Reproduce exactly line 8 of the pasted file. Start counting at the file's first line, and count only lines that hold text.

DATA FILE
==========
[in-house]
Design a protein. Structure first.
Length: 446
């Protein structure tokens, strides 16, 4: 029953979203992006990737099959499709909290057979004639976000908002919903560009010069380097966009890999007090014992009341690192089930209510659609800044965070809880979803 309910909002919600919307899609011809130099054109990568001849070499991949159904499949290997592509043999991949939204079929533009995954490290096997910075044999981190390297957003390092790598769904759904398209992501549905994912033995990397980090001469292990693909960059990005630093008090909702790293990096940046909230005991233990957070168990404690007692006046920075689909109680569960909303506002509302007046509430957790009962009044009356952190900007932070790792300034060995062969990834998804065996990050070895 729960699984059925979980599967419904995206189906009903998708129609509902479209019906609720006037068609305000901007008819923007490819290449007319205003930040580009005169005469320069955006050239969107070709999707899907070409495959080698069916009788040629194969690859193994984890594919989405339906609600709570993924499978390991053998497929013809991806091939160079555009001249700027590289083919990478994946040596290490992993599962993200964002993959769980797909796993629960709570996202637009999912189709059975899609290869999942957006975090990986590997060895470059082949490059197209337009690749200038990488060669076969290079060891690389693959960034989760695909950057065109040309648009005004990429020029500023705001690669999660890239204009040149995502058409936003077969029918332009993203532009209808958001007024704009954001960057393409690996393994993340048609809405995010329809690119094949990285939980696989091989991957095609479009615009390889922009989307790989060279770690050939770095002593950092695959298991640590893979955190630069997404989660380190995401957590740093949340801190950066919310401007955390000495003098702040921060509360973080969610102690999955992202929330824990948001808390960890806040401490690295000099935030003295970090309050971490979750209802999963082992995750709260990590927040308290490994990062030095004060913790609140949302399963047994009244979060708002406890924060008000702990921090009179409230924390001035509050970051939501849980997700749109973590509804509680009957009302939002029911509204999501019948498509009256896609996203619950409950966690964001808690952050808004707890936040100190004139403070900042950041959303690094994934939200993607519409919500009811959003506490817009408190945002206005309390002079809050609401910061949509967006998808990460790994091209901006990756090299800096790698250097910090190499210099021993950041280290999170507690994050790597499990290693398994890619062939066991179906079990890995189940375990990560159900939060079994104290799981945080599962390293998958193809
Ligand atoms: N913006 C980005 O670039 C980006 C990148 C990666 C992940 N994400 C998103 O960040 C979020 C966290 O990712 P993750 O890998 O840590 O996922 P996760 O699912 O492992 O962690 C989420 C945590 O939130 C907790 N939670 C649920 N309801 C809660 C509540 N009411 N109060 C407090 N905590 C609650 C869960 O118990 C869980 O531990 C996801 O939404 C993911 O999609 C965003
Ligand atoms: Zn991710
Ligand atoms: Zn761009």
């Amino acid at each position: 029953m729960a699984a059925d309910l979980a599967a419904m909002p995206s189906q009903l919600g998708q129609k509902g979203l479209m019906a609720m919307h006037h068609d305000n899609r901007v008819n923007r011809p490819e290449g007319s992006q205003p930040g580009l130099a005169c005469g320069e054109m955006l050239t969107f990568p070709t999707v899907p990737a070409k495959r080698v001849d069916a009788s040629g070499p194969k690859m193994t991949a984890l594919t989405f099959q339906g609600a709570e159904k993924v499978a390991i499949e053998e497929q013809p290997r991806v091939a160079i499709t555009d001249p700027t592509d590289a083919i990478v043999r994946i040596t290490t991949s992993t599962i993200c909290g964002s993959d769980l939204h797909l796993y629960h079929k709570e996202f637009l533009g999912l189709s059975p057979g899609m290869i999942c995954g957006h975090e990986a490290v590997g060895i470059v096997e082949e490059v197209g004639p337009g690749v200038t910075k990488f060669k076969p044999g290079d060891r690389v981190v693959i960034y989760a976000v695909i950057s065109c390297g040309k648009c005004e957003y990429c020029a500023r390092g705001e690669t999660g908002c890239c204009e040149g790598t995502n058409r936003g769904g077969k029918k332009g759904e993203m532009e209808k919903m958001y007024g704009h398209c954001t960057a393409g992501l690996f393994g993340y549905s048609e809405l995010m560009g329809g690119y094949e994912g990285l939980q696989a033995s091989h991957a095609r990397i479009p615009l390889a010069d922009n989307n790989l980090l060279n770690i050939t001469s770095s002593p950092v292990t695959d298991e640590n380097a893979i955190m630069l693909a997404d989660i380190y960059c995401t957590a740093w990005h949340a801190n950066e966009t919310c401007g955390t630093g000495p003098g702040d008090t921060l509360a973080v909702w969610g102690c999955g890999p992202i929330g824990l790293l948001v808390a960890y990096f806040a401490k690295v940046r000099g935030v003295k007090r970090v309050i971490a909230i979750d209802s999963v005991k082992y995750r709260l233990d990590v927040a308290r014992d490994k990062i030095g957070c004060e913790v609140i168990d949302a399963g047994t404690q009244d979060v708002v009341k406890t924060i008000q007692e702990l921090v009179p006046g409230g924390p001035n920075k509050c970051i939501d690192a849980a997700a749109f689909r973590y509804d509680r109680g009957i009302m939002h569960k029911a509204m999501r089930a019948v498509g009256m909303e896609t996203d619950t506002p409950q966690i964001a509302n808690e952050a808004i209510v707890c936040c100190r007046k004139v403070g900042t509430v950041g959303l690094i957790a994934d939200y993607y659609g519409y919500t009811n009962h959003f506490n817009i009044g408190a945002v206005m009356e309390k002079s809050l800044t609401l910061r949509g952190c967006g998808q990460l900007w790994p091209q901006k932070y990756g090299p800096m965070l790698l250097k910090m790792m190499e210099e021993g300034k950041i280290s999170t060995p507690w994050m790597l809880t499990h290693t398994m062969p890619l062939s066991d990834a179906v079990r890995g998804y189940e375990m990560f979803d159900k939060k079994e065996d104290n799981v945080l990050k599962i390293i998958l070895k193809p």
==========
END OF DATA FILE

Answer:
């Amino acid at each position: 029953m729960a699984a059925d309910l979980a599967a419904m909002p995206s189906q009903l919600g998708q129609k509902g979203l479209m019906a609720m919307h006037h068609d305000n899609r901007v008819n923007r011809p490819e290449g007319s992006q205003p930040g580009l130099a005169c005469g320069e054109m955006l050239t969107f990568p070709t999707v899907p990737a070409k495959r080698v001849d069916a009788s040629g070499p194969k690859m193994t991949a984890l594919t989405f099959q339906g609600a709570e159904k993924v499978a390991i499949e053998e497929q013809p290997r991806v091939a160079i499709t555009d001249p700027t592509d590289a083919i990478v043999r994946i040596t290490t991949s992993t599962i993200c909290g964002s993959d769980l939204h797909l796993y629960h079929k709570e996202f637009l533009g999912l189709s059975p057979g899609m290869i999942c995954g957006h975090e990986a490290v590997g060895i470059v096997e082949e490059v197209g004639p337009g690749v200038t910075k990488f060669k076969p044999g290079d060891r690389v981190v693959i960034y989760a976000v695909i950057s065109c390297g040309k648009c005004e957003y990429c020029a500023r390092g705001e690669t999660g908002c890239c204009e040149g790598t995502n058409r936003g769904g077969k029918k332009g759904e993203m532009e209808k919903m958001y007024g704009h398209c954001t960057a393409g992501l690996f393994g993340y549905s048609e809405l995010m560009g329809g690119y094949e994912g990285l939980q696989a033995s091989h991957a095609r990397i479009p615009l390889a010069d922009n989307n790989l980090l060279n770690i050939t001469s770095s002593p950092v292990t695959d298991e640590n380097a893979i955190m630069l693909a997404d989660i380190y960059c995401t957590a740093w990005h949340a801190n950066e966009t919310c401007g955390t630093g000495p003098g702040d008090t921060l509360a973080v909702w969610g102690c999955g890999p992202i929330g824990l790293l948001v808390a960890y990096f806040a401490k690295v940046r000099g935030v003295k007090r970090v309050i971490a909230i979750d209802s999963v005991k082992y995750r709260l233990d990590v927040a308290r014992d490994k990062i030095g957070c004060e913790v609140i168990d949302a399963g047994t404690q009244d979060v708002v009341k406890t924060i008000q007692e702990l921090v009179p006046g409230g924390p001035n920075k509050c970051i939501d690192a849980a997700a749109f689909r973590y509804d509680r109680g009957i009302m939002h569960k029911a509204m999501r089930a019948v498509g009256m909303e896609t996203d619950t506002p409950q966690i964001a509302n808690e952050a808004i209510v707890c936040c100190r007046k004139v403070g900042t509430v950041g959303l690094i957790a994934d939200y993607y659609g519409y919500t009811n009962h959003f506490n817009i009044g408190a945002v206005m009356e309390k002079s809050l800044t609401l910061r949509g952190c967006g998808q990460l900007w790994p091209q901006k932070y990756g090299p800096m965070l790698l250097k910090m790792m190499e210099e021993g300034k950041i280290s999170t060995p507690w994050m790597l809880t499990h290693t398994m062969p890619l062939s066991d990834a179906v079990r890995g998804y189940e375990m990560f979803d159900k939060k079994e065996d104290n799981v945080l990050k599962i390293i998958l070895k193809p």